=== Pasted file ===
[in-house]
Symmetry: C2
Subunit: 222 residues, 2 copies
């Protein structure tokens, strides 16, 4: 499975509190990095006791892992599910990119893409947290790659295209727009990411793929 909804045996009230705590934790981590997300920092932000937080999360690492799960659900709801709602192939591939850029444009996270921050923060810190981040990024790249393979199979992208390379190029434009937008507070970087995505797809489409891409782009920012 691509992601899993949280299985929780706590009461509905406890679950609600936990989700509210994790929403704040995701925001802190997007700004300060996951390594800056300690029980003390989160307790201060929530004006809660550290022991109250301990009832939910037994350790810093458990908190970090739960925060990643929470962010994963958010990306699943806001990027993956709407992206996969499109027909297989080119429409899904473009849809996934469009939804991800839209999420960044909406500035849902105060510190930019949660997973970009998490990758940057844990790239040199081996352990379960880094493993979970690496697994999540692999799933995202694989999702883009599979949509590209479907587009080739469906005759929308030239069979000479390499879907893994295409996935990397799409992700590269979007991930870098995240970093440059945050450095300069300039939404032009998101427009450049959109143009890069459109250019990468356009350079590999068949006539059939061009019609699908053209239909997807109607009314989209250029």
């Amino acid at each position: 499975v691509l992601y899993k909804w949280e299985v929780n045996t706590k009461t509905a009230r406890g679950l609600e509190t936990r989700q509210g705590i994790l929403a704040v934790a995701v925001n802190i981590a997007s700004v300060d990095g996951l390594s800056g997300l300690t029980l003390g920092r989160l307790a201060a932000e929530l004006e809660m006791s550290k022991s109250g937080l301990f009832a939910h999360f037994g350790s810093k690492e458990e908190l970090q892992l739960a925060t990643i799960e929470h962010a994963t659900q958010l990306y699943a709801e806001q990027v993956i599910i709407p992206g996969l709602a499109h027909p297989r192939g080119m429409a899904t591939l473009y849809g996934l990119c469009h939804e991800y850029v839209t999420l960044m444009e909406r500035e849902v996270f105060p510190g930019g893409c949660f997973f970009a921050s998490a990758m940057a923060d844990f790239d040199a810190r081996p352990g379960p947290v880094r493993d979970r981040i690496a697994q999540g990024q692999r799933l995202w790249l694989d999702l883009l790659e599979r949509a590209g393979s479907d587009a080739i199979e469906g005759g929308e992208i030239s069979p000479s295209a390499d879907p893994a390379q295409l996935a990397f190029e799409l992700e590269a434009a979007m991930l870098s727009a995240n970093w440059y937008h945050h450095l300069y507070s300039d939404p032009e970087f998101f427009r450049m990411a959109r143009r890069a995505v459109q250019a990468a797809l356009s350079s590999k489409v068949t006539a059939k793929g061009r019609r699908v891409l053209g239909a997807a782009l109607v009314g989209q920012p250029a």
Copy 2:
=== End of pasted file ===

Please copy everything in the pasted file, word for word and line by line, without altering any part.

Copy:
[in-house]
Symmetry: C2
Subunit: 222 residues, 2 copies
């Protein structure tokens, strides 16, 4: 499975509190990095006791892992599910990119893409947290790659295209727009990411793929 909804045996009230705590934790981590997300920092932000937080999360690492799960659900709801709602192939591939850029444009996270921050923060810190981040990024790249393979199979992208390379190029434009937008507070970087995505797809489409891409782009920012 691509992601899993949280299985929780706590009461509905406890679950609600936990989700509210994790929403704040995701925001802190997007700004300060996951390594800056300690029980003390989160307790201060929530004006809660550290022991109250301990009832939910037994350790810093458990908190970090739960925060990643929470962010994963958010990306699943806001990027993956709407992206996969499109027909297989080119429409899904473009849809996934469009939804991800839209999420960044909406500035849902105060510190930019949660997973970009998490990758940057844990790239040199081996352990379960880094493993979970690496697994999540692999799933995202694989999702883009599979949509590209479907587009080739469906005759929308030239069979000479390499879907893994295409996935990397799409992700590269979007991930870098995240970093440059945050450095300069300039939404032009998101427009450049959109143009890069459109250019990468356009350079590999068949006539059939061009019609699908053209239909997807109607009314989209250029």
């Amino acid at each position: 499975v691509l992601y899993k909804w949280e299985v929780n045996t706590k009461t509905a009230r406890g679950l609600e509190t936990r989700q509210g705590i994790l929403a704040v934790a995701v925001n802190i981590a997007s700004v300060d990095g996951l390594s800056g997300l300690t029980l003390g920092r989160l307790a201060a932000e929530l004006e809660m006791s550290k022991s109250g937080l301990f009832a939910h999360f037994g350790s810093k690492e458990e908190l970090q892992l739960a925060t990643i799960e929470h962010a994963t659900q958010l990306y699943a709801e806001q990027v993956i599910i709407p992206g996969l709602a499109h027909p297989r192939g080119m429409a899904t591939l473009y849809g996934l990119c469009h939804e991800y850029v839209t999420l960044m444009e909406r500035e849902v996270f105060p510190g930019g893409c949660f997973f970009a921050s998490a990758m940057a923060d844990f790239d040199a810190r081996p352990g379960p947290v880094r493993d979970r981040i690496a697994q999540g990024q692999r799933l995202w790249l694989d999702l883009l790659e599979r949509a590209g393979s479907d587009a080739i199979e469906g005759g929308e992208i030239s069979p000479s295209a390499d879907p893994a390379q295409l996935a990397f190029e799409l992700e590269a434009a979007m991930l870098s727009a995240n970093w440059y937008h945050h450095l300069y507070s300039d939404p032009e970087f998101f427009r450049m990411a959109r143009r890069a995505v459109q250019a990468a797809l356009s350079s590999k489409v068949t006539a059939k793929g061009r019609r699908v891409l053209g239909a997807a782009l109607v009314g989209q920012p250029a």
Copy 2: